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Politics Briefing: Montreal will host NATO's new climate centre, Trudeau says – The Globe and Mail

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Note to readers: Politics Briefing will pause tomorrow for Canada Day and resume Monday.

Hello,

Montreal will host NATO’s new climate centre as radical climate change evolves into a serious security risk for the military alliance, Prime Minister Justin Trudeau announced on Thursday.

Canada will also host the new North American headquarters of NATO’s tech centre but Mr. Trudeau declined, at a news conference in Madrid on Thursday to say why the government has not contributed to the novel €1-billon ($1.35-billion) fund associated with the alliance’s innovation project.

“We continue to be in discussions,” Mr. Trudeau said at the close of the North Atlantic Treaty Organization summit in Madrid, referring to the talks to set up the Defence Innovation Accelerator for the North Atlantic (DIANA) in Canada and its investment structure.

He would not say where DIANA would be located. Reports have suggested Ontario’s Kitchener-Waterloo area, one of Canada’s top research and development centres, could be high on the list.

Mr. Trudeau also said Canada will send more troops to Latvia as part of NATO’s ambitious effort to shore up its vulnerable eastern flank on, or close to, the Russian border. But he did not say how many more Canadian troops would be stationed beyond the nearly 700 already stationed there. “There will be more,” he said.

Canada has pledged to help Latvia raise the size of the NATO forces in that country to brigade level, roughly 3,000 troops, though the troops would come from many alliance member states.

Mr. Trudeau, who was headed back to Ottawa on Thursday after an international trip that has also included stops in Rwanda and Germany, said Canada is in the final stages of talks to supply Ukraine with up to 39 armoured combat support vehicles to help it fight off Russia.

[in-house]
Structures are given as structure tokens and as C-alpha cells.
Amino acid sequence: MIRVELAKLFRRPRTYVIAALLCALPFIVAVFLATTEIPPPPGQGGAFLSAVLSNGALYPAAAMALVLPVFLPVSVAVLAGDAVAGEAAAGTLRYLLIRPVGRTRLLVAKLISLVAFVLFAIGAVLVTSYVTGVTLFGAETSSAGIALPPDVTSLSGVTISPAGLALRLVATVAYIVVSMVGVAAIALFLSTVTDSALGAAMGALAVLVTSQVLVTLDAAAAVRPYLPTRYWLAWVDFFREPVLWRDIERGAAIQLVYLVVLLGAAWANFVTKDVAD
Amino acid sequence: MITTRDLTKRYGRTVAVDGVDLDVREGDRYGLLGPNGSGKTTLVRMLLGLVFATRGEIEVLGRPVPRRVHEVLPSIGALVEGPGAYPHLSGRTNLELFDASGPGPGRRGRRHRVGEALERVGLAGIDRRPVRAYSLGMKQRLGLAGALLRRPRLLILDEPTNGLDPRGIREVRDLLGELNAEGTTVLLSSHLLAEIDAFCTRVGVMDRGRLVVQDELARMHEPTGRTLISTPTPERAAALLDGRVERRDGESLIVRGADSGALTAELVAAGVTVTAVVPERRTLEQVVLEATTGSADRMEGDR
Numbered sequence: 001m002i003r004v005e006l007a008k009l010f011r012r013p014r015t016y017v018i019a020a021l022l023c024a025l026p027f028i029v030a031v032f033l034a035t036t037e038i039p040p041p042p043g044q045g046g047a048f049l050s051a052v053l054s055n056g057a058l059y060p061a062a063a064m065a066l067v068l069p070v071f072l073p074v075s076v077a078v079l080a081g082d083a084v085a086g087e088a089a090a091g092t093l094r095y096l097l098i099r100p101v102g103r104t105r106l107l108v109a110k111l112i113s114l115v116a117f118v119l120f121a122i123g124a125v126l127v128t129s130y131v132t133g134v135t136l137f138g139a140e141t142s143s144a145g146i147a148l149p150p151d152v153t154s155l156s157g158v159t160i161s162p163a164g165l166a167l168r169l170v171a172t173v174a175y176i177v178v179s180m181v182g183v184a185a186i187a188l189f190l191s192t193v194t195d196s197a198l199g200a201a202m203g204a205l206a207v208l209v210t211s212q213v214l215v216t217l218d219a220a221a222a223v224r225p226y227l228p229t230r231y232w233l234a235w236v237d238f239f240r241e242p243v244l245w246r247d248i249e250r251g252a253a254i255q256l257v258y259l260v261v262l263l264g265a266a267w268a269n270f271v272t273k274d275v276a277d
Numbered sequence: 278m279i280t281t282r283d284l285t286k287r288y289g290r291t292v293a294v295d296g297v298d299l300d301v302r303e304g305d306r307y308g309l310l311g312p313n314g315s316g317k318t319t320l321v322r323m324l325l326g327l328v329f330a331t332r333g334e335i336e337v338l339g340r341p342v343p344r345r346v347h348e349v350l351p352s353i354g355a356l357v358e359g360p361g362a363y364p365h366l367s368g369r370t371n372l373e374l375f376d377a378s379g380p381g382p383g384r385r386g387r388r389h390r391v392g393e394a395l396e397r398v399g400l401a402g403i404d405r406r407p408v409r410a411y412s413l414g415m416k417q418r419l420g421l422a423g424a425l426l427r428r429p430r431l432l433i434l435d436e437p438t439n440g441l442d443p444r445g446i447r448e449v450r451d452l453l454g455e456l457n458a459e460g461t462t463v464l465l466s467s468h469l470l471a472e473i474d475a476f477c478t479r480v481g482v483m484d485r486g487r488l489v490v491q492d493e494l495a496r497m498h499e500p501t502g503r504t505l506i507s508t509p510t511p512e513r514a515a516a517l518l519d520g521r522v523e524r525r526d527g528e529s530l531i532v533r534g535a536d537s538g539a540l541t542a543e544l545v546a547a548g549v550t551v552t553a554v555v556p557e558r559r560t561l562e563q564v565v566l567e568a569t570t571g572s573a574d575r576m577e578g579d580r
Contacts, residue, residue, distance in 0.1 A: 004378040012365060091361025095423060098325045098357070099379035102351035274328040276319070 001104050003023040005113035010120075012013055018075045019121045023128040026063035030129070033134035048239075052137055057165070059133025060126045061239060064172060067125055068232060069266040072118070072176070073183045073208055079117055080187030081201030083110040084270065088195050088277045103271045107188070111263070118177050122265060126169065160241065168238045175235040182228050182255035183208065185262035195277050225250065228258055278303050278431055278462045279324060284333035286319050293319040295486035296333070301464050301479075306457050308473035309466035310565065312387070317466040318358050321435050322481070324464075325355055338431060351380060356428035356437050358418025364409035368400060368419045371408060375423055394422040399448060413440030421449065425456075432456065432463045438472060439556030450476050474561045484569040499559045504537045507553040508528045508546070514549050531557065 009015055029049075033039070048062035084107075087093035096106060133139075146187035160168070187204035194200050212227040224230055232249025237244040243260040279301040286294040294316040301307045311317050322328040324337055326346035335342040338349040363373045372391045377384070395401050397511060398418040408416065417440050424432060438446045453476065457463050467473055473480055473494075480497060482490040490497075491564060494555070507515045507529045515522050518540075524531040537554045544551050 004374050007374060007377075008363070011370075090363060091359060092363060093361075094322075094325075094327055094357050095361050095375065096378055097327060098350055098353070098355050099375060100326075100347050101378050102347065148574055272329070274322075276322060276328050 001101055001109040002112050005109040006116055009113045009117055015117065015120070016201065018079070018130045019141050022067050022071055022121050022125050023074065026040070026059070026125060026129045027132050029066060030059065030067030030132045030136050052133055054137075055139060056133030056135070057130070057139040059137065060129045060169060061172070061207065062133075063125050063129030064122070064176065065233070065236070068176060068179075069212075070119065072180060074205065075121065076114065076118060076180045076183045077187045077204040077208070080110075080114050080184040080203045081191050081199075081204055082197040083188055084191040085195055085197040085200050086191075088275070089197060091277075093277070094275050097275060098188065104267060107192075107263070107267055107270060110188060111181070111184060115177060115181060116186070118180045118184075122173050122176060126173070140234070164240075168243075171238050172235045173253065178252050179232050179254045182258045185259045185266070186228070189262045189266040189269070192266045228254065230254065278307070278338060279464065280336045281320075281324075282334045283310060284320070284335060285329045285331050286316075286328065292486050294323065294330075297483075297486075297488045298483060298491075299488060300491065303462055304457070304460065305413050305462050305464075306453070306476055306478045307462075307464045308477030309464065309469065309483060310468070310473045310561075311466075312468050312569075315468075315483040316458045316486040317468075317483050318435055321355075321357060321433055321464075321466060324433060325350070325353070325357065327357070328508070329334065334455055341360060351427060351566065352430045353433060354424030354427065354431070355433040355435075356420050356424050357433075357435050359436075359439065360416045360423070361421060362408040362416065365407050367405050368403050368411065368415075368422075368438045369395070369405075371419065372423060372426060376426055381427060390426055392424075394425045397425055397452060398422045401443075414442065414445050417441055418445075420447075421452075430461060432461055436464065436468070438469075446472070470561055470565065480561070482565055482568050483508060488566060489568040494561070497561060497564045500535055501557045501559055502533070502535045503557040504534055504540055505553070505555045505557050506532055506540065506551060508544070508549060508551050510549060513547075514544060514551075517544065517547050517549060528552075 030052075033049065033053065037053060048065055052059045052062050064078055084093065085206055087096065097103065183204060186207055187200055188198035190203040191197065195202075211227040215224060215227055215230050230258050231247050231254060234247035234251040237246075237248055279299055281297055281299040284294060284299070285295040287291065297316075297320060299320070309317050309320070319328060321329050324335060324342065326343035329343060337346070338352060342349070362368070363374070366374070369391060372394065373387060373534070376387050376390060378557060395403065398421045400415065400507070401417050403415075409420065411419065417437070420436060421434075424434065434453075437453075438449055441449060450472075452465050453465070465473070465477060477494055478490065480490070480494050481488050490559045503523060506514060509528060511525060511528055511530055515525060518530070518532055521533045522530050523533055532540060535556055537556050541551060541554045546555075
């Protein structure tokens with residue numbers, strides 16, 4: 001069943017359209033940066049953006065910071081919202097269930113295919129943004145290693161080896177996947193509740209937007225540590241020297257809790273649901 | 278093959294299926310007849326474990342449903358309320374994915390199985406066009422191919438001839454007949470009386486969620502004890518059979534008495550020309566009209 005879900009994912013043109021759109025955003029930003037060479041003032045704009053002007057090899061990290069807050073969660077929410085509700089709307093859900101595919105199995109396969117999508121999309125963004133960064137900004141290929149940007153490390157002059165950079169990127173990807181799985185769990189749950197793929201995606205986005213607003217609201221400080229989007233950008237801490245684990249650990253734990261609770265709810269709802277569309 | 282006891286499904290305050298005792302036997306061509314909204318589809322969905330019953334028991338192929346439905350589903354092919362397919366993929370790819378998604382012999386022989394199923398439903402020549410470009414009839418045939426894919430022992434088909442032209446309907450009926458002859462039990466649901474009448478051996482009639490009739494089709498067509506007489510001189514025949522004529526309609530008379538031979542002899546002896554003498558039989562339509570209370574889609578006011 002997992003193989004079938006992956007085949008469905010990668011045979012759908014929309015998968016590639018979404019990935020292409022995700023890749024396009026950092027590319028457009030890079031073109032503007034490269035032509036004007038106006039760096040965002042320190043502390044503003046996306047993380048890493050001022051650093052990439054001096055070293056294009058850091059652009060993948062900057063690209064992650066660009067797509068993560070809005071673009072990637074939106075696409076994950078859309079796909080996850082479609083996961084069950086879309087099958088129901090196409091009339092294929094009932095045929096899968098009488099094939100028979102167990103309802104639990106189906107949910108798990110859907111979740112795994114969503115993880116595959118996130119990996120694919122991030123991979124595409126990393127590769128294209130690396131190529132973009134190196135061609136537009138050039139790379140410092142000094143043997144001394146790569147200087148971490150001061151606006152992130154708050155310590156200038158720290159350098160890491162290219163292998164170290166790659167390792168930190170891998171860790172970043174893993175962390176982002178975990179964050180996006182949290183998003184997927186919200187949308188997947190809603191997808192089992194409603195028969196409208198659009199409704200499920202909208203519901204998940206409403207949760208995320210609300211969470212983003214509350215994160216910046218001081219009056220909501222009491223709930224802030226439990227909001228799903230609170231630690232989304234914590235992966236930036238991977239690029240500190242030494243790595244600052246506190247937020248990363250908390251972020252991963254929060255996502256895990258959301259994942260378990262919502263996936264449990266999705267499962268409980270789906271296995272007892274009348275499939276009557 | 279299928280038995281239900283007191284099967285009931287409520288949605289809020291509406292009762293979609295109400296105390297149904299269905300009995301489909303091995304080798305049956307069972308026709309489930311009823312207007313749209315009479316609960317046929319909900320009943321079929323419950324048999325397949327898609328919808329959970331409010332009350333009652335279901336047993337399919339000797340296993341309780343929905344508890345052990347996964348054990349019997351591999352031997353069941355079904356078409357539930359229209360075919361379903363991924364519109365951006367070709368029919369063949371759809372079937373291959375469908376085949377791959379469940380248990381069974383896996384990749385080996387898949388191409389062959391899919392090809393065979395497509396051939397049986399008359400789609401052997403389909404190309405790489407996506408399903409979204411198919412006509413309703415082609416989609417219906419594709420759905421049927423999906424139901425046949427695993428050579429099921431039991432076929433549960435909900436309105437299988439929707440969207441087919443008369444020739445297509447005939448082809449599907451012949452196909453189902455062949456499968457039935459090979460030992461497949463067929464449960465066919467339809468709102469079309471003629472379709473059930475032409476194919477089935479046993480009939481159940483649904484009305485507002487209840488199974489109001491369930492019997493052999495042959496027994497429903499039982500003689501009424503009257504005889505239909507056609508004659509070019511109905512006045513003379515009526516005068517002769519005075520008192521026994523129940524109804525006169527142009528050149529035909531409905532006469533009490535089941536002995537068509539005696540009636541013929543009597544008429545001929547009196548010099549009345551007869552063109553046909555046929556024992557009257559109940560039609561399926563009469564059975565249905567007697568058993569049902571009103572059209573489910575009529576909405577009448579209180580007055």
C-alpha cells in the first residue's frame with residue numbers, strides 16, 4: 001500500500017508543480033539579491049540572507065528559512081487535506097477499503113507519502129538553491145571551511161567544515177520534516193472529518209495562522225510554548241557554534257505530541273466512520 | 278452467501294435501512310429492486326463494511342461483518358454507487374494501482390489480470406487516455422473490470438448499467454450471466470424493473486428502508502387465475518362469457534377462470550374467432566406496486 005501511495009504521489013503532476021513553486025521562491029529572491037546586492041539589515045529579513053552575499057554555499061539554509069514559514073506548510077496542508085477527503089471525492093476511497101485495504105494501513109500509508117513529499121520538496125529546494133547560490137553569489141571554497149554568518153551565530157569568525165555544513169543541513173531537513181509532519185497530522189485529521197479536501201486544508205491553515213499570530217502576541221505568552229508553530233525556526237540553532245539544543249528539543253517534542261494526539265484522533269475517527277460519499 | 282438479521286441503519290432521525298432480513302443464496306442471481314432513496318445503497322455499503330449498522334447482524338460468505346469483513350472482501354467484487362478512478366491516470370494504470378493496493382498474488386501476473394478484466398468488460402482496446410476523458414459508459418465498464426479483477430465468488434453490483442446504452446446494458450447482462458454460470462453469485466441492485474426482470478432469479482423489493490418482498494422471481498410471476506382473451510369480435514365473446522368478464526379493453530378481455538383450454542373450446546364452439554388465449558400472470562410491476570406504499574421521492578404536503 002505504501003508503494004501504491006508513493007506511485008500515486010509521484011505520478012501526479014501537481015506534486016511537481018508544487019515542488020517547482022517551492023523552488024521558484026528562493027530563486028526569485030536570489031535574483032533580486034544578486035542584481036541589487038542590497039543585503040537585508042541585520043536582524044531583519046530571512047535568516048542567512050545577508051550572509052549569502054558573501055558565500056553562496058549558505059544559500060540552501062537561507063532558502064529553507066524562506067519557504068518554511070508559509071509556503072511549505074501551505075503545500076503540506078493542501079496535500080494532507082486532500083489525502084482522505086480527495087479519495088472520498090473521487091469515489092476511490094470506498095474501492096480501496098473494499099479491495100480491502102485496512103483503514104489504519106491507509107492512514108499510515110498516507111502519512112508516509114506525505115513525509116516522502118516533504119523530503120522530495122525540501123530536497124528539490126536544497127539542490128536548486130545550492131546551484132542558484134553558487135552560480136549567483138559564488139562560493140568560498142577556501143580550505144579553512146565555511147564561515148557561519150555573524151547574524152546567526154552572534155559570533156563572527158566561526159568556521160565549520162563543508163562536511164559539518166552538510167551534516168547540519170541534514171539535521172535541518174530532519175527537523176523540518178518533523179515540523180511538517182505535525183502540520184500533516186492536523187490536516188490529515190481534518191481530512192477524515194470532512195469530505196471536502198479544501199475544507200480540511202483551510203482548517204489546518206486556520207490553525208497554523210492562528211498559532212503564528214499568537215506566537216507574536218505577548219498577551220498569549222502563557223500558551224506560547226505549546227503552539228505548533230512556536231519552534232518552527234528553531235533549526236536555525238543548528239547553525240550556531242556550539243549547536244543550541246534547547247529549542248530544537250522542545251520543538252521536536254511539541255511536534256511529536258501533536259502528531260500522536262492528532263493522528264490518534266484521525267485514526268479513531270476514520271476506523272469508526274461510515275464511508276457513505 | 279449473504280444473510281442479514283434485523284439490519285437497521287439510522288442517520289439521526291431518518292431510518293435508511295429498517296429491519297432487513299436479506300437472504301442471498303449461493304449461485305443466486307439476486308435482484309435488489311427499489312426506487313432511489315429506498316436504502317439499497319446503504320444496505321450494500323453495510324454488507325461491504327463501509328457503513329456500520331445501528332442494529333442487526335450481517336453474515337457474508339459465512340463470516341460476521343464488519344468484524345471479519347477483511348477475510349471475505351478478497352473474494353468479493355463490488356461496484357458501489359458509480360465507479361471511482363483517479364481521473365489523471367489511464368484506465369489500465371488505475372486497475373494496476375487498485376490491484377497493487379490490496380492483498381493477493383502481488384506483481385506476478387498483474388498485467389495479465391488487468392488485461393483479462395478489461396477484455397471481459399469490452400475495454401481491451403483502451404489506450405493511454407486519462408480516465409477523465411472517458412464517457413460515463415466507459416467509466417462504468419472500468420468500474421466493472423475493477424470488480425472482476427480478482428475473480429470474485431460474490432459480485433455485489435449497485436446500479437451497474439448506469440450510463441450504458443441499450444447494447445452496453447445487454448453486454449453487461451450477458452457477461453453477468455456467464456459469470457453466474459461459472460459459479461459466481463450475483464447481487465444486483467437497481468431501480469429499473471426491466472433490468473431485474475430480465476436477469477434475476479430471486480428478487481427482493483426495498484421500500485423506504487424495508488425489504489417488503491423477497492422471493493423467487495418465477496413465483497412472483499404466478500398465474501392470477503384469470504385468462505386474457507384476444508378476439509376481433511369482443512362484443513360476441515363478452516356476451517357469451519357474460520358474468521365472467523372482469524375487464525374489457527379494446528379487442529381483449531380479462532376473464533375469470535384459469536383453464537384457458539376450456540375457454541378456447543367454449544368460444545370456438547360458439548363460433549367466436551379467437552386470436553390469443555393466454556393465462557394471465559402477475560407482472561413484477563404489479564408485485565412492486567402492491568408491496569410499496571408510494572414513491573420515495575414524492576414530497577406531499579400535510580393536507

They had been destined for the Canadian Army but will be diverted to Ukraine. He said all the equipment diverted to Ukraine would be replaced “as quickly as possible” so that the Canadian military would not go short.

European Bureau Chief Eric Reguly reports here.

Reporter’s Comment, Mr. Reguly:The leaders of the NATO countries at the alliance’s summit in Madrid sounded like they had all rehearsed their message together about supporting Ukraine so it won’t lose the war. “As long as it takes” or minor variations of that line were repeated endlessly. No one said whether that would be months or years, how this war might end, or whether their voting publics would tolerate a long war that has already helped to raise food and energy costs to crippling levels for the unrich. If the war is still grinding away during the next summit, in 2023, the NATO leaders may need to retool their message. No one but military contractors wants endless wars.”

This is the daily Politics Briefing newsletter, written by Ian Bailey. It is available exclusively to our digital subscribers. If you’re reading this on the web, subscribers can sign up for the Politics newsletter and more than 20 others on our newsletter signup page. Have any feedback? Let us know what you think.

TODAY’S HEADLINES

RAPE SHIELD LAW CONSTITUTIONAL: SUPREME COURT – The Supreme Court of Canada, in a ruling Thursday, has upheld a federal law that expands the privacy rights of complainants in sexual-assault trials, saying that Parliament was justified in trying to protect their dignity and encourage them to report crime. Story here.